U.K. Grasps for Brexit Fix in Last-Ditch Attempt to Get Deal

(Bloomberg) -- With just a week to go until Theresa May has to put her Brexit deal to Parliament for a make-or-break vote, U.K. negotiators are reaching into obscure international treaty law to find a fix for the most toxic part of the divorce.

May is sending Attorney General Geoffrey Cox back to Brussels on Tuesday to try to negotiate legally binding changes to the so-called Irish backstop. If he succeeds then May’s deal has a chance of getting through Parliament next week, allowing for an orderly divorce. If he fails, Britain tumbles into unprecedented political uncertainty -- with Brexit probably delayed.

U.K. Grasps for Brexit Fix in Last-Ditch Attempt to Get Deal

While the bloc is reluctant to make concessions, European officials want May’s deal to get through Parliament before March 29 -- the day Britain is scheduled to leave. A delay would be messy for both sides, and the EU is divided as to how long any extension should be. That could just play in May’s favor.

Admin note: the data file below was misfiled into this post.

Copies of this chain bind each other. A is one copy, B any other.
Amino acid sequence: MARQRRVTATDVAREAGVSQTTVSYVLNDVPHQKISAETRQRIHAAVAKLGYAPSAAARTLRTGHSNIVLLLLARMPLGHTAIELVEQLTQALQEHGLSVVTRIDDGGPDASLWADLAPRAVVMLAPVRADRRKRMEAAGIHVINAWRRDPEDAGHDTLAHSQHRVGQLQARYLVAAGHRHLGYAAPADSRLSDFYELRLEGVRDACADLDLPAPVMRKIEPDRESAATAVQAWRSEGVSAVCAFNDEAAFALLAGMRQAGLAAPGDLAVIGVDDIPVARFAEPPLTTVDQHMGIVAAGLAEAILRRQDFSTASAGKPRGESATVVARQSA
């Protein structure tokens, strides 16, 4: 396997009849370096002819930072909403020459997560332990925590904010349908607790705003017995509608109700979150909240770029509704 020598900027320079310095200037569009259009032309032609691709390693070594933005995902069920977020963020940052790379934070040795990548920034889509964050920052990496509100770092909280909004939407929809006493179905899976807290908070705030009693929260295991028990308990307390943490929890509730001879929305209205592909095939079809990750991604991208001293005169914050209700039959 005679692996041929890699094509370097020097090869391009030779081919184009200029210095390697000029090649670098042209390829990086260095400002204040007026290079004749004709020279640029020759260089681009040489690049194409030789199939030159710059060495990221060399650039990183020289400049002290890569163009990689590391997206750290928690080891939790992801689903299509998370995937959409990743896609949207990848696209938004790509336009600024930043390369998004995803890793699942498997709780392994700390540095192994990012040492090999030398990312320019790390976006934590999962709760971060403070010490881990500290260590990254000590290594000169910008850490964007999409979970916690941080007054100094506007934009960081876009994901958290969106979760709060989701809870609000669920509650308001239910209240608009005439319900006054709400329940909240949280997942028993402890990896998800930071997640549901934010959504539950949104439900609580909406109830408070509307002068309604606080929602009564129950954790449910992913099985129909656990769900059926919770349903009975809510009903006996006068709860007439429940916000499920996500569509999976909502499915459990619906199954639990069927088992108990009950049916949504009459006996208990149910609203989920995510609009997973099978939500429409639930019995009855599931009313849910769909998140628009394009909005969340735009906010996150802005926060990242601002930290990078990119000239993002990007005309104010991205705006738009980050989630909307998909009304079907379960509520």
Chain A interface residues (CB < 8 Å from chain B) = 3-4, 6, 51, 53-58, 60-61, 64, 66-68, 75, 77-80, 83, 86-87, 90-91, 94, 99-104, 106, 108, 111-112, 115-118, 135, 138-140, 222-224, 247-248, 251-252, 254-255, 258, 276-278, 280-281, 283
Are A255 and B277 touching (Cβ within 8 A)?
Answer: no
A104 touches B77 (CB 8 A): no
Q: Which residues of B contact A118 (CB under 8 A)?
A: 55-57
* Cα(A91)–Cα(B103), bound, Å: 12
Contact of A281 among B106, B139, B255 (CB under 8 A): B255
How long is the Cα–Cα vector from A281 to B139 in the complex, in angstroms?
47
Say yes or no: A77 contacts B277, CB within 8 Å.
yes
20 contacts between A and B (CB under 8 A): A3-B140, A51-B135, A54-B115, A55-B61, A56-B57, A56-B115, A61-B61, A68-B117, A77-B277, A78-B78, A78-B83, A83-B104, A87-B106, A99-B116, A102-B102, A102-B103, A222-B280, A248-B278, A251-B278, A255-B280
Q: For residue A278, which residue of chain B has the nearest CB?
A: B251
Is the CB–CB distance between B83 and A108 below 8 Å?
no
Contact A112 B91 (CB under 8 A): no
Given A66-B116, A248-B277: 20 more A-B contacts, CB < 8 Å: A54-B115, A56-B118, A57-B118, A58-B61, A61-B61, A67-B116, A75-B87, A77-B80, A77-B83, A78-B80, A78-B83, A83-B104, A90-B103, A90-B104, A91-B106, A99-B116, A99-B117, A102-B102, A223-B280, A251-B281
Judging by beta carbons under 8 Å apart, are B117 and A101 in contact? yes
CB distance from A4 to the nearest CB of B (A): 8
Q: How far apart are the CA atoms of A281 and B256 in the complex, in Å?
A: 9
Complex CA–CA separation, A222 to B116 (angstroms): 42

U.K. negotiators are looking at whether the Vienna Convention on the law of treaties, an agreement dating back to 1969, could provide an escape route, according to two EU officials. The convention sets out when governments can walk away from prior commitments.

The EU isn’t convinced, and instead is pushing for a solution based on arbitration. It’s prepared to add detail to the existing deal on how either side can demand arbitration if future talks fail to find a replacement to the backstop.

U.K. Grasps for Brexit Fix in Last-Ditch Attempt to Get Deal

The backstop, the most contentious part of the divorce agreement, keeps the U.K. in a customs union with the EU “unless or until” a future trade deal or other arrangements make checks on the border unnecessary. May needs to win over pro-Brexit members of her Conservative party who consider the backstop an unacceptable surrender of the U.K.’s future autonomy.

Talks between the two sides are focusing on helping Cox change his legal opinion of the backstop arrangement. In legal advice in December, Cox expressed concerns about the existing wording. If he changes his mind, the idea -- perhaps optimistic -- is that pro-Brexit lawmakers fall into line.

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